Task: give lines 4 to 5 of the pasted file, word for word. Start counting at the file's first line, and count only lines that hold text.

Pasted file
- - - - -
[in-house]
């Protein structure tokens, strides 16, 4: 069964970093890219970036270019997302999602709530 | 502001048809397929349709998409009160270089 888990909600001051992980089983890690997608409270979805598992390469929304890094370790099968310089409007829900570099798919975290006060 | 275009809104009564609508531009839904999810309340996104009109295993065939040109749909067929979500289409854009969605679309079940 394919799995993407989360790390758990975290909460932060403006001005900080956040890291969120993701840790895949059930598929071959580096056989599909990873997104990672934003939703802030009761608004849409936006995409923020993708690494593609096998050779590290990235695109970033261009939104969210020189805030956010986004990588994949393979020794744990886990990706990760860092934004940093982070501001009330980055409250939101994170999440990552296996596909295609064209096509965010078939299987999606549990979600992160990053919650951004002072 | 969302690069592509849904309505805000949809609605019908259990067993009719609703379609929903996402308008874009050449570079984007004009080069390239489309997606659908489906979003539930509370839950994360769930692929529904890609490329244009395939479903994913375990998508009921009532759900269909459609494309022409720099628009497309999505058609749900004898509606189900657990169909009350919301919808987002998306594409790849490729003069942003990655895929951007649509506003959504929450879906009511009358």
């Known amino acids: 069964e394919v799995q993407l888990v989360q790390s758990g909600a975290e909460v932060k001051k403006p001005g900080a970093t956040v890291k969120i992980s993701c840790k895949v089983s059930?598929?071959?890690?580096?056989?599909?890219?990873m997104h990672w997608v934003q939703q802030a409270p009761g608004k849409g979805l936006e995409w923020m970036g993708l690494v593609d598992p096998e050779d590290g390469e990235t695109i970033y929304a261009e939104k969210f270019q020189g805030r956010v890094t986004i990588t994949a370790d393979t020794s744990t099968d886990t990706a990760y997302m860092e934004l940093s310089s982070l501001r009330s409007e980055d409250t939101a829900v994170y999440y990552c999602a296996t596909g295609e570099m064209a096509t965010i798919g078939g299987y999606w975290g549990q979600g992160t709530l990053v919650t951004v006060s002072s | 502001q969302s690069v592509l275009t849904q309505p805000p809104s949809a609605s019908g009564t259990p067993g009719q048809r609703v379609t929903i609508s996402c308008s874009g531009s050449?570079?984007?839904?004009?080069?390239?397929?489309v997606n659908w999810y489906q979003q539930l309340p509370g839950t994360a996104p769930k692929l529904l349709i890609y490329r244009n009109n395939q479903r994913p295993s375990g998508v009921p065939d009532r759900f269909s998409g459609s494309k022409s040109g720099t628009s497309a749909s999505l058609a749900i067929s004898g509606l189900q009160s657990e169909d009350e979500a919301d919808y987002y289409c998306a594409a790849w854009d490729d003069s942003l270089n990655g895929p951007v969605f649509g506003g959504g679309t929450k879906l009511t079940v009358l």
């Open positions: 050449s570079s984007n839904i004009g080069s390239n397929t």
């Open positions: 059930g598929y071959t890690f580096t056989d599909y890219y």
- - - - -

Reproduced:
């Open positions: 050449s570079s984007n839904i004009g080069s390239n397929t």
């Open positions: 059930g598929y071959t890690f580096t056989d599909y890219y």